I took a picture of my mock setup to give a better idea of what I'm working with.

enter image description here

Basically, I'm will be using relays connected to my Raspberry Pi that I intend to use to control a series of lights (21 to be exact) via a web server. I already have the web controls working but I just need to scale up my current model. I haven't had any issues with my setup but one of my relay's response time seems to have slowed down after some use. I was wondering if I am causing some damage to them with my current set up, or if there's anything I can use to protect both my board and the relays. I've seen people talking about using transistors and resistors but they don't mention how to arrange them and my technical background in hardware isn't quite there yet so I can't figure it out on my own.

Here is the relay's schematic: enter image description here

and here's a closer look at the relay: enter image description here

  • 1
    The wiring is a serious concern. It violates the basic safety rules. The relay module is not suitable for the Pi - it will be unreliable from 3.3V
    – Milliways
    Commented Aug 14, 2018 at 23:19
  • 1
    Your picture suggests that you're working with household AC voltages - are those lights powered from AC mains? If so, the relay should be "in the box" at least - at very least. 220 VAC or even 120 AC can be lethal.
    – Seamus
    Commented Aug 15, 2018 at 2:11
  • Make sure of relay spec, the picture is too blurry for old man to read. They do come with different ratings. Also check the optocoupler rating- the relay may say 5V but the coupler MAY be good for 3.3V. Either way - have a good power supply for the relays itself - they are relatively power hungry and won't budge if your power supply does no give at least 2A strong output.
    – Jan Hus
    Commented Aug 15, 2018 at 3:17
  • 1
    Possible duplicate of Protecting Raspberry Pi from Relays
    – Dirk
    Commented Aug 15, 2018 at 8:05
  • The relay was built to work from a raspberry pi or arduino board. They're activated by low voltages and the 3.3V GPIO outputs are working just fine. I had to remove the relay from it's case because otherwise you wouldn't be able to see anything if I took a picture of a metal box (I'm assuming no one here has x-ray vision). Rest assured, the final product will be properly stored to maximize safety.
    – Dave
    Commented Aug 15, 2018 at 16:07

3 Answers 3


Re this part of your question:

... wondering if I am causing some damage to them with my current set up, or if there's anything I can use to protect both my board and the relays.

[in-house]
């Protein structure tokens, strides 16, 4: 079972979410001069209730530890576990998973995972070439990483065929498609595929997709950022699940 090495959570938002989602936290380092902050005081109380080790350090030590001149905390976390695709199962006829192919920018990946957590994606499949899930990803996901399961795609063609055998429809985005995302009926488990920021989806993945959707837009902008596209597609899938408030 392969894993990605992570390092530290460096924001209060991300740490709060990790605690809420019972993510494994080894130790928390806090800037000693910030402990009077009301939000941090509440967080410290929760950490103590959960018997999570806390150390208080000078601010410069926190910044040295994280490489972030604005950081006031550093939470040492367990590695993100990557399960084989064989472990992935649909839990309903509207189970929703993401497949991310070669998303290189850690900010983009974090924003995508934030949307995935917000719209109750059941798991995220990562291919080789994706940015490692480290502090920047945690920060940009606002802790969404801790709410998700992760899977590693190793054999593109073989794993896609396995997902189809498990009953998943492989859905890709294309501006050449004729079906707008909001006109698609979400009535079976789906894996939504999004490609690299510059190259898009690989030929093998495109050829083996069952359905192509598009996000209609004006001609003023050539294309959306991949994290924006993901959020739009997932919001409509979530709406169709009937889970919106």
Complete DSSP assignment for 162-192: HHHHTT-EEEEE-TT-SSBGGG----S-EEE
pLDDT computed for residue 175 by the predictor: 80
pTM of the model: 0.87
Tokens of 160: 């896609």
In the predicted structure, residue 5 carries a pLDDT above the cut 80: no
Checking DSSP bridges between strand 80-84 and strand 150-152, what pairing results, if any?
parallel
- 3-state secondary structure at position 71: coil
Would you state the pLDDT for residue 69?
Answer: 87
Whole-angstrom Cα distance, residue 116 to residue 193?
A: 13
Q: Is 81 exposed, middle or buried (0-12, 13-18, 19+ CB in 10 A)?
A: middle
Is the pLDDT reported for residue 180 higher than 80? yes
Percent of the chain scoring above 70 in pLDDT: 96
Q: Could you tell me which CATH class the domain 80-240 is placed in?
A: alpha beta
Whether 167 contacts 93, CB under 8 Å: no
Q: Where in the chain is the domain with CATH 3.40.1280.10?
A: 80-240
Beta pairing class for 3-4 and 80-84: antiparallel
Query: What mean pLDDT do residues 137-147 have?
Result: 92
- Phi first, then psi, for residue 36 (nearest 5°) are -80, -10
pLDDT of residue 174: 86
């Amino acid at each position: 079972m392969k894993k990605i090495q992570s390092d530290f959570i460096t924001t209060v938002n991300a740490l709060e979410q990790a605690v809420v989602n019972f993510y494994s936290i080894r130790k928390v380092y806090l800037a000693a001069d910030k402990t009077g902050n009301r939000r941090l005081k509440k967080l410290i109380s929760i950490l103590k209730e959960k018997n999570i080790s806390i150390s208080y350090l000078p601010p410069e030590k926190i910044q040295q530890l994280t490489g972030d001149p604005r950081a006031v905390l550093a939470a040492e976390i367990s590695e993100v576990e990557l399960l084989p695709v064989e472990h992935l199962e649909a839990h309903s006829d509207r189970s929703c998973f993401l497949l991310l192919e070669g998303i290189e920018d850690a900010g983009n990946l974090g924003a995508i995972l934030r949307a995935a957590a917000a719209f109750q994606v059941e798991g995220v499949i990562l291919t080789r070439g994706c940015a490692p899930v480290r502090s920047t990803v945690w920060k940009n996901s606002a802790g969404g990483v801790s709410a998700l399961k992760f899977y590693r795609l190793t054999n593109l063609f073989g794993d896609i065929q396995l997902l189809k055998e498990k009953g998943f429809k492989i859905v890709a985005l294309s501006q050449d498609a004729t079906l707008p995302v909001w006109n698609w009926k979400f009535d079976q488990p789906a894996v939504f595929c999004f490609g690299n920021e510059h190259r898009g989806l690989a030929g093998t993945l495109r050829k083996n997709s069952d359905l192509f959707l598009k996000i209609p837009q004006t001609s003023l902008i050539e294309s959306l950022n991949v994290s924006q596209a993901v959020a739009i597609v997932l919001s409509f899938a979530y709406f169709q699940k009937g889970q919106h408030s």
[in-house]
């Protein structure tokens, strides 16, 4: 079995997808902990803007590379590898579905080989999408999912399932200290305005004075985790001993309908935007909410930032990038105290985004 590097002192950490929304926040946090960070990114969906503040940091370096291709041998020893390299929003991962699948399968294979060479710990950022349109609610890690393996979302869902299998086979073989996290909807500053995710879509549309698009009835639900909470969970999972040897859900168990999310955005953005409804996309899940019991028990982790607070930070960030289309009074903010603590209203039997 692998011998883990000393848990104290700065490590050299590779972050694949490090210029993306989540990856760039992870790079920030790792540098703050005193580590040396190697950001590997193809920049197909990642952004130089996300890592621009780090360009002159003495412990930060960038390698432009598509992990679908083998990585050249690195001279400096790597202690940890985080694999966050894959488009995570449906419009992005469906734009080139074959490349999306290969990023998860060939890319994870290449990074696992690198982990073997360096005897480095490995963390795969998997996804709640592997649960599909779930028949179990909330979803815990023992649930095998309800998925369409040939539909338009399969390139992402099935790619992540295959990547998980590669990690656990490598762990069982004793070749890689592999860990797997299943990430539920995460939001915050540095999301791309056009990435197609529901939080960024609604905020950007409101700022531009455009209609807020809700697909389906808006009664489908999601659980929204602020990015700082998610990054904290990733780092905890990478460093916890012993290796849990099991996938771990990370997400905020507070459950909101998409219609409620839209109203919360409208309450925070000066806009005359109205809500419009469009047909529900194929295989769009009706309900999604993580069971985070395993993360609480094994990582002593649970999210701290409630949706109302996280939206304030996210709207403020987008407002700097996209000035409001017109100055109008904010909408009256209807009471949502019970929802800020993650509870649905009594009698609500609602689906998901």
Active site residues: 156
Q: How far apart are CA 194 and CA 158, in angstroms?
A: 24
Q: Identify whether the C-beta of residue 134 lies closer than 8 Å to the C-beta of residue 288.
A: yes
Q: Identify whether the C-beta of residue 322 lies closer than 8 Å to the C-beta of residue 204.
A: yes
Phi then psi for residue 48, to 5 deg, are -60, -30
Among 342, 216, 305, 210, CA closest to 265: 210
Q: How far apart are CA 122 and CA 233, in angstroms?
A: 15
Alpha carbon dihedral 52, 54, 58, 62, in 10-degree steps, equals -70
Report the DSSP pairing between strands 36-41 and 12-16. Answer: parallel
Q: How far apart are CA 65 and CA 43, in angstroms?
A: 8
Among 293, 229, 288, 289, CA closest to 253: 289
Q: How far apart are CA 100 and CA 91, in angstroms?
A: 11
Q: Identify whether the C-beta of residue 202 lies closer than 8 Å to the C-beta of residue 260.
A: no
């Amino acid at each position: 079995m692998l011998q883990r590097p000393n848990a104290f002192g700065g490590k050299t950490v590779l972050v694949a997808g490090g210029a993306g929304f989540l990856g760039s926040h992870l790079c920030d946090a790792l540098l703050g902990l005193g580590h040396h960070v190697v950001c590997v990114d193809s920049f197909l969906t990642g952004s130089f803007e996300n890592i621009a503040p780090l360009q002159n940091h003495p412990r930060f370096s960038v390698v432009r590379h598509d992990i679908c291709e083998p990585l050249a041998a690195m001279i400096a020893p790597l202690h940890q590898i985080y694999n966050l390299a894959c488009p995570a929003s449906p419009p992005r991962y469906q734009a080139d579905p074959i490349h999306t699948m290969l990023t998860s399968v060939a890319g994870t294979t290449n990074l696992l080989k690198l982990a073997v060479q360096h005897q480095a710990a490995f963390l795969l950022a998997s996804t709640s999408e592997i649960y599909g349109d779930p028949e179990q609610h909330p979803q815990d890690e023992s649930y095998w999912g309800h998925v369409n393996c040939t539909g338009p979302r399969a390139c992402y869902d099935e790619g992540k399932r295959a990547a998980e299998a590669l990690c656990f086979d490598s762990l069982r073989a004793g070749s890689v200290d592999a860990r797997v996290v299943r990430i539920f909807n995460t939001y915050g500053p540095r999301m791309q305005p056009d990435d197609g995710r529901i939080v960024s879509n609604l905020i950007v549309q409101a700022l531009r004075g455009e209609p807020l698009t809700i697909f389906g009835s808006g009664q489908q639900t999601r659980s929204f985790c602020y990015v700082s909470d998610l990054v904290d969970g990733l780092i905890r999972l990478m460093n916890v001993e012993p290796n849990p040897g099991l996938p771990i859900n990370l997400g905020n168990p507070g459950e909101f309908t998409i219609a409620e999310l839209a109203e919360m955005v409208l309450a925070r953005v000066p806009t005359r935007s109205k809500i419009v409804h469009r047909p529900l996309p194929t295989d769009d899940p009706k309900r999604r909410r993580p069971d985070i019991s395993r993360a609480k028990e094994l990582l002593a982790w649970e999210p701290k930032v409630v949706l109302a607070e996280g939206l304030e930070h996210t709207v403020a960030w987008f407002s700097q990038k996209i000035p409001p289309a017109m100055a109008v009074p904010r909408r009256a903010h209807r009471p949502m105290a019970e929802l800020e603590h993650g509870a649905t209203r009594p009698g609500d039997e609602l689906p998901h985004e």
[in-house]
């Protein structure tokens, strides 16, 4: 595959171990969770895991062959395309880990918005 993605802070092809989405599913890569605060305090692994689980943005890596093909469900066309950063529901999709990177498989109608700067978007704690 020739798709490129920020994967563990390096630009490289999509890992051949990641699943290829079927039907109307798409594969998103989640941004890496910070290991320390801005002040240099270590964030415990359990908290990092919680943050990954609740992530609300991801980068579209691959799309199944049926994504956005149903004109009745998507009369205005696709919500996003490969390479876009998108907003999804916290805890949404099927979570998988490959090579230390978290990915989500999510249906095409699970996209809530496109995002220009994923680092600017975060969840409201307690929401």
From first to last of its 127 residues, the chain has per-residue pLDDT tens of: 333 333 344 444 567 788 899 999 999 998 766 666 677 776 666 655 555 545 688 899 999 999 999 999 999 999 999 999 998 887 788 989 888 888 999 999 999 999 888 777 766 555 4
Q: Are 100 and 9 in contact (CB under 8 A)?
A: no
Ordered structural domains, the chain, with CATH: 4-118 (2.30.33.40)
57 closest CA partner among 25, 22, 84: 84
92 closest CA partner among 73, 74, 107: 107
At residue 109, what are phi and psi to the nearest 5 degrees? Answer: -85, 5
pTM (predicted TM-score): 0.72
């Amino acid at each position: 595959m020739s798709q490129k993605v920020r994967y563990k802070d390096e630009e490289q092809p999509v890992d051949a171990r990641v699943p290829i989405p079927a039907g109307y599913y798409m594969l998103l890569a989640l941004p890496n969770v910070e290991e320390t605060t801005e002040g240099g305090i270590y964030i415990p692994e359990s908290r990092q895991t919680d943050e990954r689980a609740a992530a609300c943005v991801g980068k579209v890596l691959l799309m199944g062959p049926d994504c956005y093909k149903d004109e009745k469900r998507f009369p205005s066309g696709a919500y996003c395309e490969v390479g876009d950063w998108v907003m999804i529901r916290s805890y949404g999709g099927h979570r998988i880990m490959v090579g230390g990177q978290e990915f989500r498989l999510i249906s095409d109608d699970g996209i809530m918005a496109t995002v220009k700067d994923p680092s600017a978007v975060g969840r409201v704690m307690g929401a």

I. Damage and protection to my board (the Raspberry Pi):

Zooming in on the picture of (what I presume is) your "relay board", it seems to have all the protection you'd want when switching an inductive load (the relay coil). Note the diode connected across the relay coil just above the 2N5551 transistor: This is sometimes called a "snubber" diode, and it acts to limit the voltage spike when the relay is de-energized (V = L * di/dt :)

Another "circuit-friendly" protective feature for your RPi is the opto-isolator (817C in the picture schematic). This isolates your GPIO pin(s) from the relay board. (Note that I can only assume that you're using a GPIO pin to control the relays `cause you have no schematic, and didn't mention it in your question.) But assuming you are using GPIO pins for this purpose, be mindful that the relay board's supply voltage VCC is within SOL for the GPIO pins.

In summary, and based on the information available, your Raspberry Pi seems to be reasonably well protected in this setup.

II. Damage and protection to the relays:

This part of your question concerns the relay contacts, and there is much uncertainty due to lack of details in your question. But to address this question, let's first consider the physical characteristics of the relay contacts. These contacts are wee small metal pads mounted on an armature; this link has some pictures.

Operation of the relay is as follows: When the coil is energized (current flows through the coil), the NO contacts are moved such that two of them (one fixed and one moveable) make physical contact with each other. Once that happens, AC current from your wall outlet flows through those contacts and into your load (the lights).

However, contact closure is never initially absolute; there is always some "contact bounce" during the transition to a closed state. This "bounce" can cause significant problems if care is not taken because as the current is being stopped and started at a high rate there will likely be at least some electrical arcing (think of welding) caused by the voltage generated. Again, think of (V = L * di/dt) where di is large, and dt is small.

This "bounce" may damage the relay contacts as shown in this example. In general, the greater the current through the contacts, the greater the wear and pitting is on the contacts. This may also be exacerbated by the characteristics of the load. If the load is inductive, there can be significant arcing (think of a spark plug) that will destroy the contacts in short order if they are not protected.